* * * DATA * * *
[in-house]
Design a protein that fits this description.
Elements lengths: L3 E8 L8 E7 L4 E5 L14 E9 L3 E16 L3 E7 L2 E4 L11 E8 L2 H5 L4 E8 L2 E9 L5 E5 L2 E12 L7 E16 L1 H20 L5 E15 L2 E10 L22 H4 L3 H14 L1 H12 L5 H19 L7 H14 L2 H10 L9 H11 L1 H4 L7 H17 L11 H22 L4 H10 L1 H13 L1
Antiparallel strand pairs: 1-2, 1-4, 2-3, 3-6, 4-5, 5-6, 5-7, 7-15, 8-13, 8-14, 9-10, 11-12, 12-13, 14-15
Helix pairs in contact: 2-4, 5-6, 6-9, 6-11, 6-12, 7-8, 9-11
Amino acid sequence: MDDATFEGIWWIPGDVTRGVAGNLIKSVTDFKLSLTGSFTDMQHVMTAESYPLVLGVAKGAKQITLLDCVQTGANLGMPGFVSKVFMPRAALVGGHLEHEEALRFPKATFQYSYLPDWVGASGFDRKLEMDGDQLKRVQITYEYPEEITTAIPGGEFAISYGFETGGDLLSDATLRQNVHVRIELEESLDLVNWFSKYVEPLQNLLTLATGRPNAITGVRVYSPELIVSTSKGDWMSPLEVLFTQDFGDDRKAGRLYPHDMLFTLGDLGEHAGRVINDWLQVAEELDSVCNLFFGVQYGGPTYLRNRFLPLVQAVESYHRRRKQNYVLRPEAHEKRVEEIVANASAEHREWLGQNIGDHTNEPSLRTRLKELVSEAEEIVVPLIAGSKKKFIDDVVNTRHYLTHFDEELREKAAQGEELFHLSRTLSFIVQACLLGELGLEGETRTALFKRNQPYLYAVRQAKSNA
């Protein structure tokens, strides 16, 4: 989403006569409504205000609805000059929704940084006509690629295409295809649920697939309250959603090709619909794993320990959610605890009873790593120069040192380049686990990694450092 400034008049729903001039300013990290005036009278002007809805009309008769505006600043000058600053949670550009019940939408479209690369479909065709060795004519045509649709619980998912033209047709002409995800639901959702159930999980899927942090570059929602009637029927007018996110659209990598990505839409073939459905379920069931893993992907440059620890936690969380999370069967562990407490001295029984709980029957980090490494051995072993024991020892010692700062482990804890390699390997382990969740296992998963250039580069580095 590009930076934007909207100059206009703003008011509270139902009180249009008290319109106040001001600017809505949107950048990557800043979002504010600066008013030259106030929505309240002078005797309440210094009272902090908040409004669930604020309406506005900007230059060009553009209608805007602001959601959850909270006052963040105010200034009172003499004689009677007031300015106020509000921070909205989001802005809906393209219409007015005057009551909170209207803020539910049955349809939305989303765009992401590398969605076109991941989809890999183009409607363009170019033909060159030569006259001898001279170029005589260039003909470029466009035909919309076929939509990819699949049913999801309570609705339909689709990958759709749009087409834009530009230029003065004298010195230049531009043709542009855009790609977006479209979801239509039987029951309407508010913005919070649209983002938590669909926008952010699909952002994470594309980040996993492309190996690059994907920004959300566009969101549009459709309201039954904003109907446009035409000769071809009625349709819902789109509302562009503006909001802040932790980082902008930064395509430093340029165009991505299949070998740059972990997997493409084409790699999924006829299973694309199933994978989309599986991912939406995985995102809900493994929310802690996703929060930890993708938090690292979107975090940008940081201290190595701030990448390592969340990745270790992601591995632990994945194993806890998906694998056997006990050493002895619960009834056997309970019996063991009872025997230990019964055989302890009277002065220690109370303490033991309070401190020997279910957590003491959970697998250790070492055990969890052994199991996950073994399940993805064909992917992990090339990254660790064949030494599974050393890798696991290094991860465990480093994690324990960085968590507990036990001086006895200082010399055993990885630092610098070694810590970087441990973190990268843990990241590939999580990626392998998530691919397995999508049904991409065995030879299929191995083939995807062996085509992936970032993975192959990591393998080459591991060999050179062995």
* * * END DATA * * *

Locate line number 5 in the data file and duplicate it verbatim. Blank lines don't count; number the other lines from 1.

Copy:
Helix pairs in contact: 2-4, 5-6, 6-9, 6-11, 6-12, 7-8, 9-11